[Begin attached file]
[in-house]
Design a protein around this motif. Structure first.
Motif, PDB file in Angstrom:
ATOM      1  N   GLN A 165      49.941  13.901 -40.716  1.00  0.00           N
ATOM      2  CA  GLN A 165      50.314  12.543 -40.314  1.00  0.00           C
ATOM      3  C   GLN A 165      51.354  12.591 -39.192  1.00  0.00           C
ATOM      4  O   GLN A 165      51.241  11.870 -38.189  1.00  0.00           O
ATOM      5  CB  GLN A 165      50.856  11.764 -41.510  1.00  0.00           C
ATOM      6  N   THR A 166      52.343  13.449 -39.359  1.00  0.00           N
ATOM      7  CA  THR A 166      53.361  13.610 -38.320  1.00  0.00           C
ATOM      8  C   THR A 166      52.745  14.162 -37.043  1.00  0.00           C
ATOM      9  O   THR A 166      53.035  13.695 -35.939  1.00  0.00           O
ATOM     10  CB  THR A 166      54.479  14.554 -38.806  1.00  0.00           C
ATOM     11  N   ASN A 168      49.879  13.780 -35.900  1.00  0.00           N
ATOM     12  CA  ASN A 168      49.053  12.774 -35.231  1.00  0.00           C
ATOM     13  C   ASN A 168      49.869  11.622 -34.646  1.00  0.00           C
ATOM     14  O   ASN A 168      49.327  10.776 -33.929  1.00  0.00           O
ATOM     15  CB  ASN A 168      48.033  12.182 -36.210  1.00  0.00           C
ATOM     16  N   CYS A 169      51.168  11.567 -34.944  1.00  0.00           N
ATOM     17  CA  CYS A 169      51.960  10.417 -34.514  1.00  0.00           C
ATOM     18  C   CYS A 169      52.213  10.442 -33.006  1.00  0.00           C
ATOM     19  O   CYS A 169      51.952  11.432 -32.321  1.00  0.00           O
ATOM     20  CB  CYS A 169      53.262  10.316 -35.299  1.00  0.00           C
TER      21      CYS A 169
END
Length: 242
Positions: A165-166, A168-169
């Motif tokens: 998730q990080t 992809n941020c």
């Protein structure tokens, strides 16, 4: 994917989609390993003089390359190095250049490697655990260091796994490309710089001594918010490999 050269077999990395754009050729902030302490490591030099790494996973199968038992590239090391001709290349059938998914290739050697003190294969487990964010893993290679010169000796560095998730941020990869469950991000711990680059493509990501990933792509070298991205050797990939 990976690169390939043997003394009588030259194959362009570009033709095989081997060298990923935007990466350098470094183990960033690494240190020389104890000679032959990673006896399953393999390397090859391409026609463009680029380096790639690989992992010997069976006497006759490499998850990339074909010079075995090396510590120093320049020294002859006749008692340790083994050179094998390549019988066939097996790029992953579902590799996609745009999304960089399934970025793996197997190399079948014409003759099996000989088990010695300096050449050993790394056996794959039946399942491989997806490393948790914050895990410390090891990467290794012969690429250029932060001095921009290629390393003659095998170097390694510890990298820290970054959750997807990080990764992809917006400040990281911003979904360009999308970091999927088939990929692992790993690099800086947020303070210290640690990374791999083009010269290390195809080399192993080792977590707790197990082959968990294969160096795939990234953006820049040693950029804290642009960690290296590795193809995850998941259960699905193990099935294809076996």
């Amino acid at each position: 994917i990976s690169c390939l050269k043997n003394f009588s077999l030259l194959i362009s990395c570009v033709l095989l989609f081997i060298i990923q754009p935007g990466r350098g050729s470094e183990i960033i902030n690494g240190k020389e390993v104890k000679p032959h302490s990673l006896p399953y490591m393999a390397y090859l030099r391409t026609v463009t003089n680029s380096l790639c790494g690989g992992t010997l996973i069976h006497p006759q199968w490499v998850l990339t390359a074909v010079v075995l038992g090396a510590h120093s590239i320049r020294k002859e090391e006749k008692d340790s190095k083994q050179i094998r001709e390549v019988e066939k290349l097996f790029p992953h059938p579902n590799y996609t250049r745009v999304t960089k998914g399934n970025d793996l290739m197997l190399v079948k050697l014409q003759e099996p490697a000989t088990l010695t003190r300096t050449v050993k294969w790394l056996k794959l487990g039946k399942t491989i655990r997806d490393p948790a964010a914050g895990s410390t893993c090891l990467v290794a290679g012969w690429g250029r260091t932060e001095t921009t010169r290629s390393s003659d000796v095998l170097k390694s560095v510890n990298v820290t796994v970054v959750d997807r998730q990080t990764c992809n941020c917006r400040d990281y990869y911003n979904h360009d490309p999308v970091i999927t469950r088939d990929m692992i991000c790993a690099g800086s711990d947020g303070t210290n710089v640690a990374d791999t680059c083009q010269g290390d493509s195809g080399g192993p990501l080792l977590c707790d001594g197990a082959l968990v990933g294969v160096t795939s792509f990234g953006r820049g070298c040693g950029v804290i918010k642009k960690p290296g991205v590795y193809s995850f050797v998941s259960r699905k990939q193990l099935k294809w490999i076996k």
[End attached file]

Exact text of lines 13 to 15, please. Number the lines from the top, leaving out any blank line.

ATOM     10  CB  THR A 166      54.479  14.554 -38.806  1.00  0.00           C
ATOM     11  N   ASN A 168      49.879  13.780 -35.900  1.00  0.00           N
ATOM     12  CA  ASN A 168      49.053  12.774 -35.231  1.00  0.00           C